[T]he test is not whether [the grievant's] conduct violated an established public policy but whether the Arbitrator's award of reinstating [the grievant] contravenes an established public policy. Here, the Arbitrator's award of reinstating [the grievant] is not at variance with the established public policy of protecting students from violence on school property. Thus, we hold that the trial court improperly applied the narrow public policy exception established in Westmoreland.

Id., 20 A.3d at 583. In Shamokin, a groundskeeper who vented about a supervisor by screaming in a garage which was isolated from students, was reinstated conditioned upon a one-year probation and attendance at an anger management program. The Shamokin Court specifically stated: "While we recognize that reinstating a school district employee who had actually struck a student, bullied a student, or threatened violence upon a student on school grounds, could very well trigger the established public policy of protecting students from violence on school property, this is not such a case." Id., 20 A.3d at 583.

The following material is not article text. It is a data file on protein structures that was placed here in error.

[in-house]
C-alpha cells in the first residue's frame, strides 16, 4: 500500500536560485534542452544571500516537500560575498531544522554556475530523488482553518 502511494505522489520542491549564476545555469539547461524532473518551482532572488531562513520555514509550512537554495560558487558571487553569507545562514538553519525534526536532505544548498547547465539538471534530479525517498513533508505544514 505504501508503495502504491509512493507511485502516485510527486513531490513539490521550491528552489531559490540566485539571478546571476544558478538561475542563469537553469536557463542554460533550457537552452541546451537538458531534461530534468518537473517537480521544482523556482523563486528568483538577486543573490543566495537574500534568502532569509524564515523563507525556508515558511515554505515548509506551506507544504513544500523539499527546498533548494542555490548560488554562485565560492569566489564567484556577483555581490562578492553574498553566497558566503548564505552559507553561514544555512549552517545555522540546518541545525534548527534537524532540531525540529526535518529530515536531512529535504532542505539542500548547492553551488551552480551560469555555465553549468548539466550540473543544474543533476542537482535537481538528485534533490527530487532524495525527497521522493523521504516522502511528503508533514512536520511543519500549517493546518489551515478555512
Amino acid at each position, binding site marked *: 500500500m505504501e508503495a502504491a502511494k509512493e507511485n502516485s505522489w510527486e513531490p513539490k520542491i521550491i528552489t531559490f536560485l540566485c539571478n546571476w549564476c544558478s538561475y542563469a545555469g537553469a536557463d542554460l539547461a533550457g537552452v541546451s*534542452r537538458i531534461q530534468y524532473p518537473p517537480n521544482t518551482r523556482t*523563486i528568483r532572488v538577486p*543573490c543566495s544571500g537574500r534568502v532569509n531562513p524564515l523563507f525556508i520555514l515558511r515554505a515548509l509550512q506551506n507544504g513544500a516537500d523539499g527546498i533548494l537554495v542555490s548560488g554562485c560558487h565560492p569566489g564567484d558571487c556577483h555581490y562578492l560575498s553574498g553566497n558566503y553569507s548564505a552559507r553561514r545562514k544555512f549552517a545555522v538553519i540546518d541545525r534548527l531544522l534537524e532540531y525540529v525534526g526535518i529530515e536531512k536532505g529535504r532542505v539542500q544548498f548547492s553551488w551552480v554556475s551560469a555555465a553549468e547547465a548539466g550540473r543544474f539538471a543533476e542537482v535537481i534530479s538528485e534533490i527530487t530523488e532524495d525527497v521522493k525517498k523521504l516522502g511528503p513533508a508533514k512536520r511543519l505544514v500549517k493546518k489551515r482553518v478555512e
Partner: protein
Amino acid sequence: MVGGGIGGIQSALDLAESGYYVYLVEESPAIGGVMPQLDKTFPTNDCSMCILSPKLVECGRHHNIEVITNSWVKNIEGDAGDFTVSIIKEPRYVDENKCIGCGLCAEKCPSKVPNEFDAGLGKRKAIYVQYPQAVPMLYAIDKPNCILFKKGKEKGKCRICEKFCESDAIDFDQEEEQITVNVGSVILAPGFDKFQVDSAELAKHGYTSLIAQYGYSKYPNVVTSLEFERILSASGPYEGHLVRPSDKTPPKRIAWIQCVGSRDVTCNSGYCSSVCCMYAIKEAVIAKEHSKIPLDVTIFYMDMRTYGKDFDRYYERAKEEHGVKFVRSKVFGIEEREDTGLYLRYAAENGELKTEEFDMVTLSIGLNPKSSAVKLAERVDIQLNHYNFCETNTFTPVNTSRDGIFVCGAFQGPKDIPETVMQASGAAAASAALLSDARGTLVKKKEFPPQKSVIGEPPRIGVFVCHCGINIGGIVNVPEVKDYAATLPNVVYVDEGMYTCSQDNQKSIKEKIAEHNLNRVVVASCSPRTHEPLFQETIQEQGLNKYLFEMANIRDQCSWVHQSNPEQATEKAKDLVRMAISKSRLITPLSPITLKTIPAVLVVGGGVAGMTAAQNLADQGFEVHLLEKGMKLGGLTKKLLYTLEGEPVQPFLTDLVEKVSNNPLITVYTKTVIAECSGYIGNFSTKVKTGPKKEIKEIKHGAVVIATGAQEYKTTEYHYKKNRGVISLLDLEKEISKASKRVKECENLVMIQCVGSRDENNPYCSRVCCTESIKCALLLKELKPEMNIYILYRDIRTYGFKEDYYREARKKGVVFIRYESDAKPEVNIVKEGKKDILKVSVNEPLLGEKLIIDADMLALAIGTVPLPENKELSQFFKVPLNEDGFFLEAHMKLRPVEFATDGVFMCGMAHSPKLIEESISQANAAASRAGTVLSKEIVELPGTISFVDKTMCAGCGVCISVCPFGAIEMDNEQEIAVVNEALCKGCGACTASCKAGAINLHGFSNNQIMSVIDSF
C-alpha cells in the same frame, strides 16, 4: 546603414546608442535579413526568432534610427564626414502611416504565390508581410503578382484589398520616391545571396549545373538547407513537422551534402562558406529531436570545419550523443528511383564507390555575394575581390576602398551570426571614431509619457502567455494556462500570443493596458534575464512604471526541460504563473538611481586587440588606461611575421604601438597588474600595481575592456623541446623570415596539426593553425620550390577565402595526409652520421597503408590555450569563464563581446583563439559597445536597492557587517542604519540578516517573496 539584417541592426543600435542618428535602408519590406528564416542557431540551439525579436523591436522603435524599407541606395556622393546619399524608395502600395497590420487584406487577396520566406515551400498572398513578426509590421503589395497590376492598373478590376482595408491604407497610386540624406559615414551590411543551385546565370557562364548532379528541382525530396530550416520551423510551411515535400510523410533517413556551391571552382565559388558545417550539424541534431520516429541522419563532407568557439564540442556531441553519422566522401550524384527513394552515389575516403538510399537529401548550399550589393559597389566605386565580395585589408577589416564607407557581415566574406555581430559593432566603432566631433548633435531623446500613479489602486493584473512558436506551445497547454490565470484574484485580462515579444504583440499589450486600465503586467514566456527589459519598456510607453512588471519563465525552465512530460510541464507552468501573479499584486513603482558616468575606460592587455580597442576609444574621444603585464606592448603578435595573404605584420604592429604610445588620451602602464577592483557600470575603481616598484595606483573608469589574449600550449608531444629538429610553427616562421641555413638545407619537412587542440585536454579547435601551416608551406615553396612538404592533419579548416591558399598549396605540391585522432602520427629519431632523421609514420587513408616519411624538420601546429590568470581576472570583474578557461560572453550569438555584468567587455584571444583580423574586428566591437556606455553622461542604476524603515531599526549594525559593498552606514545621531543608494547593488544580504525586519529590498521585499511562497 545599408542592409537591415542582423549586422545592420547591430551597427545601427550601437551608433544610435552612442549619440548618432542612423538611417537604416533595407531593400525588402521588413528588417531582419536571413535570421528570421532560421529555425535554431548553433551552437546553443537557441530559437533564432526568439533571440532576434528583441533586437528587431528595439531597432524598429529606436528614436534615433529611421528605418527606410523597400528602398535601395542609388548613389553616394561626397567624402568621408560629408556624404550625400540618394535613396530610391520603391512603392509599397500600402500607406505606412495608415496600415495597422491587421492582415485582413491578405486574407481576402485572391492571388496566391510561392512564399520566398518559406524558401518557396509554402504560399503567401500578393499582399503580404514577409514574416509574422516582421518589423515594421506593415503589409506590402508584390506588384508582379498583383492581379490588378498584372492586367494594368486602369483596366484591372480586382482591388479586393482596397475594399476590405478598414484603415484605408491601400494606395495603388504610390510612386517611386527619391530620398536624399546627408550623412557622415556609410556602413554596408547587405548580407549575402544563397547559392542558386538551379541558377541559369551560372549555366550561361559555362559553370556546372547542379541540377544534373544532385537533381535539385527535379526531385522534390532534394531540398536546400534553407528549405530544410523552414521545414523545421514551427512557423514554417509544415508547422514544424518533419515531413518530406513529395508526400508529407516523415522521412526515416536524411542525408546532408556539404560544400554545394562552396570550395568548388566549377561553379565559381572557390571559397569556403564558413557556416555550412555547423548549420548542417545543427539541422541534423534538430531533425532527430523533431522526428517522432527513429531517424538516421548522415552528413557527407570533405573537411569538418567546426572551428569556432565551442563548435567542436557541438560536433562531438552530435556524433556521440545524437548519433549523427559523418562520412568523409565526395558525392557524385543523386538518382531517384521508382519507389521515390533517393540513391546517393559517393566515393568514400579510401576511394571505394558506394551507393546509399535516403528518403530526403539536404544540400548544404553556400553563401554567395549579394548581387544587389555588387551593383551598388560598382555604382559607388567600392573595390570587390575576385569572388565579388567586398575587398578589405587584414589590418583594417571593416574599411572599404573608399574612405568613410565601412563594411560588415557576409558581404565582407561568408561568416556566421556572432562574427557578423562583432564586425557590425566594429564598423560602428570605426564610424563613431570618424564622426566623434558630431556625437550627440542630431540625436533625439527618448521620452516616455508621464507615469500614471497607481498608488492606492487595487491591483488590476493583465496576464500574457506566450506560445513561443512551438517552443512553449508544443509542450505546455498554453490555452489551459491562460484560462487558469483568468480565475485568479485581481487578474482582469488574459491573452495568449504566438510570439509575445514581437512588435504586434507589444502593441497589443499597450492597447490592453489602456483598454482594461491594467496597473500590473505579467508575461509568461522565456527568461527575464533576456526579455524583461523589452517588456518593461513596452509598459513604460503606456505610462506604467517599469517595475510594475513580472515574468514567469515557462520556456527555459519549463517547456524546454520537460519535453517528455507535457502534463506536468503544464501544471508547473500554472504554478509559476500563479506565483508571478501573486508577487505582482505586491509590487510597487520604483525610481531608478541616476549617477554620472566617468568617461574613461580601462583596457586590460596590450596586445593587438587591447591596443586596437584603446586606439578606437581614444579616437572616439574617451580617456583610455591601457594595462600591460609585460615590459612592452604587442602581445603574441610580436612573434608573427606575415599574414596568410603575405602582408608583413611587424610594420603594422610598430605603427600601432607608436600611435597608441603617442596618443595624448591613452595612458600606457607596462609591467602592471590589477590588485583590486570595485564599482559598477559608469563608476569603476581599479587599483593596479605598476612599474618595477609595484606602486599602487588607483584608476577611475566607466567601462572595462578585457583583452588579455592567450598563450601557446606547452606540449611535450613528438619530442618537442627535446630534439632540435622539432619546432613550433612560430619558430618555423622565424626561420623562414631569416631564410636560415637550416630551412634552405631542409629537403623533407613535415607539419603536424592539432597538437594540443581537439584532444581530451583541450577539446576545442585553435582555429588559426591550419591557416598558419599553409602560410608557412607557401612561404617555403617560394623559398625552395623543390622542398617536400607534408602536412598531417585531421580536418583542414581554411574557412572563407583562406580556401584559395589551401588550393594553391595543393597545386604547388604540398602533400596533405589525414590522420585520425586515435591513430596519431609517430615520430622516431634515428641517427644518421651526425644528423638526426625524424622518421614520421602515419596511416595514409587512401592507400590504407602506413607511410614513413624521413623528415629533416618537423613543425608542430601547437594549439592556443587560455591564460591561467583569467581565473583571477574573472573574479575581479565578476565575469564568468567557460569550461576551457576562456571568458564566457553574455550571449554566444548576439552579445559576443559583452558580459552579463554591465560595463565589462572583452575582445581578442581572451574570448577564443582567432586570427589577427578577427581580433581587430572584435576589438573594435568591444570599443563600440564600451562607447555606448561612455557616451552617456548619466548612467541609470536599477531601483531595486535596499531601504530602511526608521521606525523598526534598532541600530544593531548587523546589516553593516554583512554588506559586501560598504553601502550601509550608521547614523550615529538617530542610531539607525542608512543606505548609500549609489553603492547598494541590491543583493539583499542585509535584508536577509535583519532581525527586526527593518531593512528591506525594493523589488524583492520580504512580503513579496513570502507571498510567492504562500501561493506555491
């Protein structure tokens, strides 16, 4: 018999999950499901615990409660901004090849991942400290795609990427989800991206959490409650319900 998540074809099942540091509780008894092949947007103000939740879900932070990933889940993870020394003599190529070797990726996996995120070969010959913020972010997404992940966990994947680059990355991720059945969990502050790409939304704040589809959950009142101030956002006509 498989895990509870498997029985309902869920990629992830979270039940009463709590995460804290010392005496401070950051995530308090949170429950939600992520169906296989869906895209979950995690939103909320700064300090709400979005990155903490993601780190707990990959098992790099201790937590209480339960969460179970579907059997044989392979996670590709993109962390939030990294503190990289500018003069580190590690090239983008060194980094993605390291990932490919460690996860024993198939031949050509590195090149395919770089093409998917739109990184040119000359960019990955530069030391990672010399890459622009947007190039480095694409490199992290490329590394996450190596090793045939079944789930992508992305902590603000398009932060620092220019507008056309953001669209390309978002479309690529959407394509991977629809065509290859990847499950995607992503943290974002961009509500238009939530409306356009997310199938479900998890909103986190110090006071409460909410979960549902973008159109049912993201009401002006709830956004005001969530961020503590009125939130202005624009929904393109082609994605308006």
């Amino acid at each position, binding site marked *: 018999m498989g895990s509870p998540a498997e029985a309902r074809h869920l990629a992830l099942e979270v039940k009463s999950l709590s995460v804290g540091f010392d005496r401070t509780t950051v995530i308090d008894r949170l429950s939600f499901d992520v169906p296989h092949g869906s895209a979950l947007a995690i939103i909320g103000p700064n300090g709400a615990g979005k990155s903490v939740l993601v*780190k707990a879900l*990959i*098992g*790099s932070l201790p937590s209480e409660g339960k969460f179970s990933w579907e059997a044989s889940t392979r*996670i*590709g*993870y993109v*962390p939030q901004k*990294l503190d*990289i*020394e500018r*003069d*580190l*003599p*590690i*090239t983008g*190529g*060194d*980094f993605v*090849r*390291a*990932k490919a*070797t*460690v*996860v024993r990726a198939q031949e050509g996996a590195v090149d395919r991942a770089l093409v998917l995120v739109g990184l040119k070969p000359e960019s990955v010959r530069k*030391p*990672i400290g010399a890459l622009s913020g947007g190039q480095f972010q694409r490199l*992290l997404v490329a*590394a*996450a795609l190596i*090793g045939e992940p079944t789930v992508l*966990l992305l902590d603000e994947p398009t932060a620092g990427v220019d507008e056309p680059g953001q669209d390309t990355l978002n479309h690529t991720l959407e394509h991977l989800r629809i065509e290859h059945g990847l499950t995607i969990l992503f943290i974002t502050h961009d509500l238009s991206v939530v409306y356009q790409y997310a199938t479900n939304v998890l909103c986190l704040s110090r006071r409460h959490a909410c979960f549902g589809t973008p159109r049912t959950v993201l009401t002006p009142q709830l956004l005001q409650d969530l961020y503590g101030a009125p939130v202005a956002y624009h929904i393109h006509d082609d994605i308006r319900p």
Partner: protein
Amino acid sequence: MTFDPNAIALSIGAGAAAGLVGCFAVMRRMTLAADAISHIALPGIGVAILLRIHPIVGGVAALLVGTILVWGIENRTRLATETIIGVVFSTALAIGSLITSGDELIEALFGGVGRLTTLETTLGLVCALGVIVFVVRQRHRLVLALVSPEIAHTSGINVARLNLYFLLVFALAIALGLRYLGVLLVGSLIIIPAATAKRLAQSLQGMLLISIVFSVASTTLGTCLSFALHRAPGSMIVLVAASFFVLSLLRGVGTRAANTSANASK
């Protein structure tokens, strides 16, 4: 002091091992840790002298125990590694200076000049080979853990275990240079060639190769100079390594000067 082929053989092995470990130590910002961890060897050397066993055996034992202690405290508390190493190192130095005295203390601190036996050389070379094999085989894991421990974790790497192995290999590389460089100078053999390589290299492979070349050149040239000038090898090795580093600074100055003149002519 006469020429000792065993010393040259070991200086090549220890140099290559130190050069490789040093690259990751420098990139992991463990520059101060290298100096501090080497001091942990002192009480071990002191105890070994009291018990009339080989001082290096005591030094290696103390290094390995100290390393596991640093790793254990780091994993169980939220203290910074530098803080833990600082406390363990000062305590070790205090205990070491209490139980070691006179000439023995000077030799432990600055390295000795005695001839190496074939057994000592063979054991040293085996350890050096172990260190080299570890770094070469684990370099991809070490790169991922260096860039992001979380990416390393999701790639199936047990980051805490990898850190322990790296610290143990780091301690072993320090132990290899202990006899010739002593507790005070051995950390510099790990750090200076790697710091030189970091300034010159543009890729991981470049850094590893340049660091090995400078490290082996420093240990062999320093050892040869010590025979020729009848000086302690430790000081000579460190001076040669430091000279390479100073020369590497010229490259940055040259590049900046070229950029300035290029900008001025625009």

The instant case, however, is exactly that case. The Arbitrator's award reinstating Grievant to the classroom after finding that he was guilty of inappropriately touching seventh grade female students during academic lessons unequivocally violates public policy as pronounced in Title IX of the Civil Rights Act, the Federal Civil Rights Act,*fn9 the Pennsylvania Human Relations Act, as well as the District's zero-tolerance sexual harassment policy. In addition, the likelihood of Grievant's "grievous misconduct" continuing, and thus placing the safety and well- being of the seventh grade female students in jeopardy, was well founded by the Arbitrator, wherein he stated: